Question Video: Evaluating Algebraic Expressions given a Function on a Given Set in Listing Method Mathematics • 8th Grade

Given that 𝑋 = {βˆ’7, βˆ’1, 9}, and 𝑅 {(π‘Ž, βˆ’1), (𝑏, βˆ’7), (βˆ’7, 9)}, where 𝑅 is a function on 𝑋, find the numerical value of π‘Ž + 𝑏.


Video Transcript

Given that 𝑋 equals the set containing negative seven, negative one, nine and 𝑅 is the set containing the ordered pairs π‘Ž, negative one; 𝑏, negative seven; negative seven, nine, where 𝑅 is a function on 𝑋, find the numerical value of π‘Ž plus 𝑏.

Let’s begin by looking at some of the notation and terminology in the question. We’re told that 𝑅 is a function on 𝑋. This means that 𝑅 takes values in the set 𝑋 and maps them onto exactly one value in a second set. The values in 𝑋 are the input to the function. So we say the 𝑋 is its domain. Let’s define then the range of the function to be some second set π‘Œ. This is the set of possible outputs to the function. And in fact, we’re told that 𝑋 contains the elements negative seven, negative one, nine. So, what does π‘Œ contain?

Well, the ordered pairs can help us. The first value in each ordered pair is the input. So we choose that from set 𝑋. Then, the second value is the output. So we choose that from set π‘Œ. This means set π‘Œ must contain the values negative one, negative seven, nine. And in fact, we can identify one of the mappings straightaway. The third ordered pair tells us that negative seven is mapped onto nine through function 𝑅. So what does this mean for our other two ordered pairs?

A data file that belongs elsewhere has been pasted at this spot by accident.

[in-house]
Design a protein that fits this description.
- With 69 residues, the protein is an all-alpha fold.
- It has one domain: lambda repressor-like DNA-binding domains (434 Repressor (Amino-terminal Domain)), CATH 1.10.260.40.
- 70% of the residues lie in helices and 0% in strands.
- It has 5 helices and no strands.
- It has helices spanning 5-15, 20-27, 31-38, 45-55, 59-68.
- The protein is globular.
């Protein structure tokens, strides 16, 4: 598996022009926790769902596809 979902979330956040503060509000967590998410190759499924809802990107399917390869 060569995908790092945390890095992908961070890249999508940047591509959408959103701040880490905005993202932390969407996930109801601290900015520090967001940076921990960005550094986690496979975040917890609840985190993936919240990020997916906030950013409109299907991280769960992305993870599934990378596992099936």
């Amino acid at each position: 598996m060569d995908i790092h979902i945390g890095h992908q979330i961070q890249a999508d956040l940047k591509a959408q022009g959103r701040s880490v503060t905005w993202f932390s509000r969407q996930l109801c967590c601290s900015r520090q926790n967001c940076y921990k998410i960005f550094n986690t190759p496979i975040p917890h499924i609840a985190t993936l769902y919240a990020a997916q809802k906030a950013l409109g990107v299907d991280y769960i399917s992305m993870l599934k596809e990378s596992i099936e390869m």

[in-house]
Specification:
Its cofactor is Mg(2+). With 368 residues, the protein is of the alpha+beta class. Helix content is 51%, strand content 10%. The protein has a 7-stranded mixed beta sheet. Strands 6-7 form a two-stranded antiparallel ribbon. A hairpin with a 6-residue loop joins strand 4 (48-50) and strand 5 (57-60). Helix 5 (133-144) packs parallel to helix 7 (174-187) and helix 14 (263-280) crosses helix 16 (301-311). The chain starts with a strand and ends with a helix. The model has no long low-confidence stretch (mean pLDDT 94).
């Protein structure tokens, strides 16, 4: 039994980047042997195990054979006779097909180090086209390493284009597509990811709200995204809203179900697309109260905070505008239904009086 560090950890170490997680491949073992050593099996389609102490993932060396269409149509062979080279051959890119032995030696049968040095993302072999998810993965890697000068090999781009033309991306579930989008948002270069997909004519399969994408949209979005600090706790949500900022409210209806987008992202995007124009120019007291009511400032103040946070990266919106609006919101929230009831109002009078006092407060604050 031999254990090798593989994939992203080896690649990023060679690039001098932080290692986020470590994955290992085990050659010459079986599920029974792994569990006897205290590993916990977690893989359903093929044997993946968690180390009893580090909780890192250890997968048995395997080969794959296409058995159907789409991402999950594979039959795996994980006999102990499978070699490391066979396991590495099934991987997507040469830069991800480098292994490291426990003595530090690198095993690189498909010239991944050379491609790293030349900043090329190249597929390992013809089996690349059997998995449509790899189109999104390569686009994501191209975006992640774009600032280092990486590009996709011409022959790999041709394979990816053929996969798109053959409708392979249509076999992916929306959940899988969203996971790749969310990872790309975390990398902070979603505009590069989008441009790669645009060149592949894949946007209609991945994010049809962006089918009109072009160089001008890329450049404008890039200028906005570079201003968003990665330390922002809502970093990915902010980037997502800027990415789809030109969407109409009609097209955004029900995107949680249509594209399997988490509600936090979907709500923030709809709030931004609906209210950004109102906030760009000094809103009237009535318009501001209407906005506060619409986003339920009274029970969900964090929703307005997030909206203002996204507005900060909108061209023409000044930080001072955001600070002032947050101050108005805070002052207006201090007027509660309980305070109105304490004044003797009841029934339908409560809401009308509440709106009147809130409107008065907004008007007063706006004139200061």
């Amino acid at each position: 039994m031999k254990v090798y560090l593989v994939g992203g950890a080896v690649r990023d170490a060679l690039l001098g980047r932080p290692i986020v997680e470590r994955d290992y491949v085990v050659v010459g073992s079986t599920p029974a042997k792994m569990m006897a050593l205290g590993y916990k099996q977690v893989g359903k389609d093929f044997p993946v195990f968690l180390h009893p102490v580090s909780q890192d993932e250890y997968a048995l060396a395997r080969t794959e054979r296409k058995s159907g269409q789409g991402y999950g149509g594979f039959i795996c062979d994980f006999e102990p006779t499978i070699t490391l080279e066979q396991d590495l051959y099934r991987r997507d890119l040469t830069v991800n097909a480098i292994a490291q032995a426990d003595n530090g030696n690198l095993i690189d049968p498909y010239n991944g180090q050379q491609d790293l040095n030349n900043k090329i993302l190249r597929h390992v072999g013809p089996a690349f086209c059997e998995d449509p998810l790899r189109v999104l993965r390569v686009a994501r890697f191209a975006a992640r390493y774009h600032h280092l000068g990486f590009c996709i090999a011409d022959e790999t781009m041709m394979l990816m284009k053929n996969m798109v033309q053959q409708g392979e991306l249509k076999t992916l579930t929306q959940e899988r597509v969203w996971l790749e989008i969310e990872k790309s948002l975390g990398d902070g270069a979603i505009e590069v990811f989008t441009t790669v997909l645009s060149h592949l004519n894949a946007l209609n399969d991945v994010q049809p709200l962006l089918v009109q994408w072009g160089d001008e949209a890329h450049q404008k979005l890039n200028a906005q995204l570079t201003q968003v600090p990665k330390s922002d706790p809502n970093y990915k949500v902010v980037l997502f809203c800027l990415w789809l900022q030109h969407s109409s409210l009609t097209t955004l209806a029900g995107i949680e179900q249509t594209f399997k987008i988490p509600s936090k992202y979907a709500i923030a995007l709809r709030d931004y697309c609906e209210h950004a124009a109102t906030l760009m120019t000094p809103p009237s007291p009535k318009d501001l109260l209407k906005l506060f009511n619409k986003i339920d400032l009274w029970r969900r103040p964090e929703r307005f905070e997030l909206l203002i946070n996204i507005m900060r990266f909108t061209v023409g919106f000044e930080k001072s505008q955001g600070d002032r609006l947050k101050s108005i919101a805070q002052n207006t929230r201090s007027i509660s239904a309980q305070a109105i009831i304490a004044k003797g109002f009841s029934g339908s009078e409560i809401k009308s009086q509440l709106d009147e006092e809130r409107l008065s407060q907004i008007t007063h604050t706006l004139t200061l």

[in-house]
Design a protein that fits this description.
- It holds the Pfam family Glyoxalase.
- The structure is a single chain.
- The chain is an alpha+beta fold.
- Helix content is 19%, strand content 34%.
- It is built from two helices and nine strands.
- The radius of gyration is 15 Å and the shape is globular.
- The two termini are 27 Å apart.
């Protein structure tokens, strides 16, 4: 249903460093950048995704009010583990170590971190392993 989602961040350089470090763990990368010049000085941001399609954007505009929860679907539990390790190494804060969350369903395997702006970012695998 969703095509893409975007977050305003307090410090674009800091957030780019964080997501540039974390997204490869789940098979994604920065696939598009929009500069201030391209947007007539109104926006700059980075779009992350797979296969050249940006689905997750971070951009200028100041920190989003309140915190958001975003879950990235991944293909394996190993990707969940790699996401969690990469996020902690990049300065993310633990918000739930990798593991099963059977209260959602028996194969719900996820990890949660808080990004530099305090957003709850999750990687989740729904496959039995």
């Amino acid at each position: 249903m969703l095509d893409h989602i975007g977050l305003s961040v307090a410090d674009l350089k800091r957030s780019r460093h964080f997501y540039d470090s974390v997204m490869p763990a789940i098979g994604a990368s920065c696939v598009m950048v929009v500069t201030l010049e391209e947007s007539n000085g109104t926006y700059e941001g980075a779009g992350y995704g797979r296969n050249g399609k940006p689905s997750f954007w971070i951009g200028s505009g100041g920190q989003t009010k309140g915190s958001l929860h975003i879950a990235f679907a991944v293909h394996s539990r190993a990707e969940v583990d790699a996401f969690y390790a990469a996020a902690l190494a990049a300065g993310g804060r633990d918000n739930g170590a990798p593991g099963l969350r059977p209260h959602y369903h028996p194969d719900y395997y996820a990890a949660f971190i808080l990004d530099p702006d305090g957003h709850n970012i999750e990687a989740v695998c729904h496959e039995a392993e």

Consider the first one: π‘Ž, negative one. We know that exactly one number in set 𝑋 will map onto the number negative one in set π‘Œ. Similarly, exactly one number, 𝑏, in set 𝑋 will map onto the number negative seven. For the sake of this question, it actually doesn’t matter if we define π‘Ž to be negative one and 𝑏 to be nine or the other way round. In the first case, if we let π‘Ž be equal to negative one and 𝑏 be equal to nine, our first two ordered pairs become negative one, negative one and nine, negative seven.

This is equivalent to the mapping diagram we’ve drawn. But we could, of course, map nine onto negative one and negative one onto negative seven. We don’t know which one is which, but we do know that, in either case, when we add π‘Ž and 𝑏, we are going to be adding negative one and nine. Remember, addition is commutative, so this can be done in any order. So negative one plus nine is the same as nine plus negative one. It’s eight. And so we found a numerical value of π‘Ž plus 𝑏; it’s eight.

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